Abstract 3475

Cytopenias in the context of cellular marrows cause significant morbidity for patients and are challenging for clinicians to diagnose and treat. Often the differential diagnosis includes pure red cell aplasia (PRCA), large granular lymphocyte leukemia (LGL), marrow suppression associated with systemic inflammation, and clonal bone marrow failure disorders such as myelodysplastic syndrome (MDS) or paroxysmal nocturnal hemoglobinuria (PNH). Unfortunately, it can be difficult to differentiate between these possibilities, and correct treatment depends on accurate diagnosis.

The diagnostic algorithm for these patients includes multiple studies: cytogenetics, fluorescence in situ hybridization, T cell gene rearrangements, and flow cytometry. These multiple tests rarely provide a definitive diagnosis and do not consistently predict response to therapy. Functional tests of effective hematopoiesis are lacking. Colony growth assays quantifying BFU-E in bursts per 105 marrow mononuclear nuclear cells (MMNC) have been shown to predict response to immunosuppressive therapy (IST) for the bone marrow failure disorder of PRCA. (Charles et al. Blood 1996) However, these data were from an era before it was recognized that PRCA had several etiologies, one of which was LGL.

We hypothesize that colony growth assays might provide diagnostic and therapeutic information in the evaluation of patients with bone marrow failure disorders. As part of an IRB-approved study, we performed a retrospective analysis on patients presenting for evaluation of cytopenias in the context of cellular marrows from January 2007-June 2012. Inclusion criteria were a recorded BFU-E assay performed prior to therapy, established diagnosis for the cytopenias and at least 6 months of follow up after treatment initiated. Response was defined as transfusion independence and ANC >1000/μL. For comparison, BFU-E in healthy controls was used.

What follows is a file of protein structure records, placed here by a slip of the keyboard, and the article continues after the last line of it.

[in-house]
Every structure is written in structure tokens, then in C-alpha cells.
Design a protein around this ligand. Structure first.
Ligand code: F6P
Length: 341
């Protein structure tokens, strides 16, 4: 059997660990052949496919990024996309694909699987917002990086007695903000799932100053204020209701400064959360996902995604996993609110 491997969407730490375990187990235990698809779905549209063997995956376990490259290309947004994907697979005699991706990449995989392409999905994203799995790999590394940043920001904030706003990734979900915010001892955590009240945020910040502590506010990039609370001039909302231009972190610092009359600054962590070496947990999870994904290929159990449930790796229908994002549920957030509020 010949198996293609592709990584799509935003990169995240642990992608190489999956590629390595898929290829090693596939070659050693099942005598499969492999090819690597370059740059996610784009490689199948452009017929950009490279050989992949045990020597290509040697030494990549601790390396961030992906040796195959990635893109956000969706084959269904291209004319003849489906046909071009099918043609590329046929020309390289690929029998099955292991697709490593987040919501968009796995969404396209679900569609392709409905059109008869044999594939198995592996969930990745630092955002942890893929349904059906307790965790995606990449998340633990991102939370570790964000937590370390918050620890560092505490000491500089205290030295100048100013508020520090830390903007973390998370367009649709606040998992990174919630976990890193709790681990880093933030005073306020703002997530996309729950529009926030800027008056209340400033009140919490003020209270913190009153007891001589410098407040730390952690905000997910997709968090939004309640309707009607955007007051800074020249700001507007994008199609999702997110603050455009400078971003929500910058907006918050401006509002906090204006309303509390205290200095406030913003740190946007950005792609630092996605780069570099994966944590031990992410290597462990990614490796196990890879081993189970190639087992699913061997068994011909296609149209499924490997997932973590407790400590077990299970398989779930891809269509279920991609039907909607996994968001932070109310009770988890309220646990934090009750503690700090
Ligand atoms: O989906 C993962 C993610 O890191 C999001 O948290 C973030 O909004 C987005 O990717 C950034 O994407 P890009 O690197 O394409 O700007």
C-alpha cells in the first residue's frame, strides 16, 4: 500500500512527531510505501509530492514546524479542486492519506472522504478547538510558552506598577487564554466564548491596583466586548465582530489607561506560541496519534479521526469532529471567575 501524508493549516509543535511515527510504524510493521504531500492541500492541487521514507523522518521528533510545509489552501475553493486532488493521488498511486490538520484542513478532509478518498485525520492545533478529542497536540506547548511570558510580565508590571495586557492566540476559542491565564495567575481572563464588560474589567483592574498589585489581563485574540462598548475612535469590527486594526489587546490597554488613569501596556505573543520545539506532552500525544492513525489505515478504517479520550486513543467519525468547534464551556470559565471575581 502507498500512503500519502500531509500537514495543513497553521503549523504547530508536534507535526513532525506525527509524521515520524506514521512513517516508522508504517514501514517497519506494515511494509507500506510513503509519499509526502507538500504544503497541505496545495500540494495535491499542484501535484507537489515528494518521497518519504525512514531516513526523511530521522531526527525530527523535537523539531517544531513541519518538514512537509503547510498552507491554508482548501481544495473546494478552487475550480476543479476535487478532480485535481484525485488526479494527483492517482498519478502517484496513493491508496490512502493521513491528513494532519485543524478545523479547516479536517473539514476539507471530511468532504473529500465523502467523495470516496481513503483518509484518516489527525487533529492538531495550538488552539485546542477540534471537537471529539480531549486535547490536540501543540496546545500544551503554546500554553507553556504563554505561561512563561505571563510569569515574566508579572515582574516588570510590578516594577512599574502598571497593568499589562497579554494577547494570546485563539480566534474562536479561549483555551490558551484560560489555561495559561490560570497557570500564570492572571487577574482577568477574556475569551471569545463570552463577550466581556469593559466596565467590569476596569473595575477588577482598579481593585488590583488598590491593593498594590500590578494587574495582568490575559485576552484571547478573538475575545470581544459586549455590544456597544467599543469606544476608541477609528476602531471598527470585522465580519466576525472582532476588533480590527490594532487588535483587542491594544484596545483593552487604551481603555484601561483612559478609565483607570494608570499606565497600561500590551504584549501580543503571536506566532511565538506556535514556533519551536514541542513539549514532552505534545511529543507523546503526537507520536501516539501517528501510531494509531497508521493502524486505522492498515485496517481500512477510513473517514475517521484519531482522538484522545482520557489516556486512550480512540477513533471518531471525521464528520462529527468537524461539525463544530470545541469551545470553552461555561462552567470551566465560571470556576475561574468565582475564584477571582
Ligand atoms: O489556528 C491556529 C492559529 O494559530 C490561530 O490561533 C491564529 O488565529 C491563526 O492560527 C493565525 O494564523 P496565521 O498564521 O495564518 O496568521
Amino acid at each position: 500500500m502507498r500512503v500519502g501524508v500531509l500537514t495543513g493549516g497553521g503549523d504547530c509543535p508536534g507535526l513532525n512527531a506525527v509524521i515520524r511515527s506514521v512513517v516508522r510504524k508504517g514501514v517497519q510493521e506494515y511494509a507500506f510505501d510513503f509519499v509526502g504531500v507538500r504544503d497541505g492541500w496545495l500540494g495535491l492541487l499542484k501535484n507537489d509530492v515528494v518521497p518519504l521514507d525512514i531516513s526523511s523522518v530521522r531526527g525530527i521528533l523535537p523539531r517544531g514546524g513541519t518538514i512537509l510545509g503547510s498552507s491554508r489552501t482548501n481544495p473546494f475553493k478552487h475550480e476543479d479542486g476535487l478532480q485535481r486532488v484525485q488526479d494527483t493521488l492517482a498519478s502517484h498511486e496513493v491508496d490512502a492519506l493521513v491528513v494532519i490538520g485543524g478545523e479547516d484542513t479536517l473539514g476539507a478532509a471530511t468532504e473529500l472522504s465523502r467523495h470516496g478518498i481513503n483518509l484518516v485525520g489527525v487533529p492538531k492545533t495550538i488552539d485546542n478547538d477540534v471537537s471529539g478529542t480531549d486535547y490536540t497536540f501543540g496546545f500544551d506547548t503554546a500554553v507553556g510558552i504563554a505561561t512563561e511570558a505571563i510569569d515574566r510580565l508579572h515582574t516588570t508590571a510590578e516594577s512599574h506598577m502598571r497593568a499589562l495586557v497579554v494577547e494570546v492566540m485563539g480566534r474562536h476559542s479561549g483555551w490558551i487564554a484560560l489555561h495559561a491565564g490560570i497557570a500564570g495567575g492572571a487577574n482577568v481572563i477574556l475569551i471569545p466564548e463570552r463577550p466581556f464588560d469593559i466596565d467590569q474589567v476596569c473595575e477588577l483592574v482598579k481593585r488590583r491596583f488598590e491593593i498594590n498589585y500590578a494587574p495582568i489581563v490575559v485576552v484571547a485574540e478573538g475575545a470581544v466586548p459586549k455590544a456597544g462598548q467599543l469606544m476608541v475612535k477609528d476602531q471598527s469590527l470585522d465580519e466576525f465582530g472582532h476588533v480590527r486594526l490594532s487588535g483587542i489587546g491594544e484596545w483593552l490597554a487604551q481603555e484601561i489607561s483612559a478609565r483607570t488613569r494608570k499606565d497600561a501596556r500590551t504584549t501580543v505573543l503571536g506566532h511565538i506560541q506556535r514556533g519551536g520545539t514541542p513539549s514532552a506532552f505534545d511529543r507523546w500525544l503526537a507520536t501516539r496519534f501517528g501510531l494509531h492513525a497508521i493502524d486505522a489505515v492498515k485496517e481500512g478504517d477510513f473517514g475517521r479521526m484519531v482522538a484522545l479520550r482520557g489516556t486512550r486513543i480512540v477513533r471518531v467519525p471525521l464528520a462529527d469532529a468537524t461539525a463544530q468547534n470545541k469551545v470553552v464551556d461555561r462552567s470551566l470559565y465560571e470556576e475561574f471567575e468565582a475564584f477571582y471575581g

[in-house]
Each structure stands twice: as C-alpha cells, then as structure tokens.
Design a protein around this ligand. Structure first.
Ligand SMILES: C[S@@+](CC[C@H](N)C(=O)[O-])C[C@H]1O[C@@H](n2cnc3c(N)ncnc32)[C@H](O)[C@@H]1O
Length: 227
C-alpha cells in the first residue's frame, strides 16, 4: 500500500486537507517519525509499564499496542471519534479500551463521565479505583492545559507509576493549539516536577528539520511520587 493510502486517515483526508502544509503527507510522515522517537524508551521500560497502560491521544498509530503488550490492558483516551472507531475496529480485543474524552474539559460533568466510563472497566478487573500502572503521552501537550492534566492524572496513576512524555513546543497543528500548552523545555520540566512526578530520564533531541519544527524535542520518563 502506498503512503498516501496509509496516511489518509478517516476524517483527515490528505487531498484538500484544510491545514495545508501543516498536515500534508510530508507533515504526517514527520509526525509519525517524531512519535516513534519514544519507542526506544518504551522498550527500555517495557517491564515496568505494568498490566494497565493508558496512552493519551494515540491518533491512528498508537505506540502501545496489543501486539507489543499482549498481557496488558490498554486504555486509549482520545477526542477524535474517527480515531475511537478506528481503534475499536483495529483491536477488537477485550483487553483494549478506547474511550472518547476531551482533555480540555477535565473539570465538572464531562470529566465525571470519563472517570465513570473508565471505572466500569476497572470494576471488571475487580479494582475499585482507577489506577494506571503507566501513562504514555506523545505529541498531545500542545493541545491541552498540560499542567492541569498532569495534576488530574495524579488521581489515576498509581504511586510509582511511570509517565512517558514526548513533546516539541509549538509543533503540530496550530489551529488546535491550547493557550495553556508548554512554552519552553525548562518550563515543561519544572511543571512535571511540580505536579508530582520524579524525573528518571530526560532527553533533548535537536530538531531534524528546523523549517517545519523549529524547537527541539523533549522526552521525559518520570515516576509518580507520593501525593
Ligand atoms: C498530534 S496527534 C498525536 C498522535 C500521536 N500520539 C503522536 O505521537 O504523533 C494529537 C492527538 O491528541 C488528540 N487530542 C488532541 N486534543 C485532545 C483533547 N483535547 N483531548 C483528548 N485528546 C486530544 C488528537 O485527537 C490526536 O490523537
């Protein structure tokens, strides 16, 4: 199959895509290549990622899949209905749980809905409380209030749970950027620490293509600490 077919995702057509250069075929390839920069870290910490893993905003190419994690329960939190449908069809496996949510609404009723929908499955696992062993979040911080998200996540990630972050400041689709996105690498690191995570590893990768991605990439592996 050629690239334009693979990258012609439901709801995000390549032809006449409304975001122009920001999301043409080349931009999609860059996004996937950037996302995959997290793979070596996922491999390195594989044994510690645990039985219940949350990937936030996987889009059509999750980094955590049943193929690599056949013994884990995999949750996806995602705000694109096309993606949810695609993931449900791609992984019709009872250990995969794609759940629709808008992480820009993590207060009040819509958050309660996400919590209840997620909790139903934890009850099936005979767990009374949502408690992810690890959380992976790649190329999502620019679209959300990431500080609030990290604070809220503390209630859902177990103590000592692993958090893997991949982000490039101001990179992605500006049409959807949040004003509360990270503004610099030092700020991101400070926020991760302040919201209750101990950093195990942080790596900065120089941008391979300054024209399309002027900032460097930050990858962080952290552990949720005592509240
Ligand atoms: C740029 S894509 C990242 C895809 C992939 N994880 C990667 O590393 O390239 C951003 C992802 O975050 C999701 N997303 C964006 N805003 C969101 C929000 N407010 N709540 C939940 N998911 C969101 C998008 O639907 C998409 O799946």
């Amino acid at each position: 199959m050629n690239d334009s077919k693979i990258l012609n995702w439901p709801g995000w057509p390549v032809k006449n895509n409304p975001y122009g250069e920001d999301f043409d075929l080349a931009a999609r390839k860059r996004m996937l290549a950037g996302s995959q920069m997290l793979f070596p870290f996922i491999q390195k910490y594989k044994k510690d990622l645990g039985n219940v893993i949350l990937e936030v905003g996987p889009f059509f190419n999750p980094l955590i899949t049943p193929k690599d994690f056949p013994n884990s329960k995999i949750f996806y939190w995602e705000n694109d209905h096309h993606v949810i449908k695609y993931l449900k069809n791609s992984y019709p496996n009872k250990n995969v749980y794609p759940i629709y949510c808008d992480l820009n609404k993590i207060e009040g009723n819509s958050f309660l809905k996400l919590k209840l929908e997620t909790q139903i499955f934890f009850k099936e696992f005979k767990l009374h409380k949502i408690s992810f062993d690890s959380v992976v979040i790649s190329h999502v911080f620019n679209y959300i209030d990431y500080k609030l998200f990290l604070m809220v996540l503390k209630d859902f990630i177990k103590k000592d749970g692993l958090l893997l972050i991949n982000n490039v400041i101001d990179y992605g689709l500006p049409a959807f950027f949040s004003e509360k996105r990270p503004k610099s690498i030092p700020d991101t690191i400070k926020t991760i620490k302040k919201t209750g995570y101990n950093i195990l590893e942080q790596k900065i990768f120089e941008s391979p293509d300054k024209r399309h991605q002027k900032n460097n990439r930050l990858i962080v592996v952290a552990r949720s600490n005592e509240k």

Thirty-six patients meeting the above criteria had BFU-E assessed over the study. All patients' marrows were cellular or hypercellular for age, with a median cellularity of 60% (range 20–100). The diagnoses included 13 patients with LGL (8 of which had red cell aplasia only); 9 patients with PRCA (non-LGL in etiology); 8 patients with MDS; and 6 patients with cytopenias from systemic inflammation. The median follow up was 10.5 months (range 1–42). There were 8 deaths. There were 25 normal controls for comparison of BFU-E growth. The median growth in the normal controls was 40.3 BFU-E/105 MMNC (range 23.7–87).

The eight patients with MDS had the lowest median growth of all categories at 5 BFU-E/105 MMNC (range 0–38). Four of these patients with MDS died from progression to acute leukemia in less than 9 months after initiation of therapy. The 4 patients still alive remain red cell transfusion dependent despite therapy with demethylating agents. Two have increased blasts on restaging marrows.

The 13 patients with LGL grew a median of 61.3 BFU-E/105 MMNC (range 24.7–101). Nine patients (69%) responded to first or second line IST with durable remissions of 9 months or greater. One of the nonresponders died at 31 months from infection after multiple relapses and treatments.

The 9 non-LGL PRCA patients grew a median of 23 BFU-E/105 MMNC (range 4.5–49). Only three patients (33%) of these patients responded to IST. The etiologies of the PRCA included 2 associated with thymoma, 2 with anti-erythropoietin antibodies (2 deaths at 1 and 11 months), 2 with ABO-incompatible transplants, and 3 idiopathic PRCA patients (1 death at 15 months).

The 6 patients with cytopenias from systemic inflammation had documented autoimmunity (4 with Evan's syndrome and 2 with systemic lupus erythematosus) and grew a median of 105.5 BFU-E/105 MMNC (range 33–137). All 6 (100%) patients responded to IST.

In conclusion, patients with cellular marrows and cytopenias can be distinguished by BFU-E growth as seen in Figure 1. MDS patients have very low to undetectable growth. LGL and PRCA associated with LGL have high BFU-E growth, similar to other autoimmune processes, whereas non-LGL PRCA has low BFU-E growth. BFU-E predicts for response to IST in PRCA, as it seems to predict for LGL. In this cohort, nonmalignant diseases are well distinguished from MDS by BFU-E growth. Prospective studies of colony growth assays as part of the diagnostic algorithm for bone marrow failure disorders appear warranted.


No relevant conflicts of interest to declare.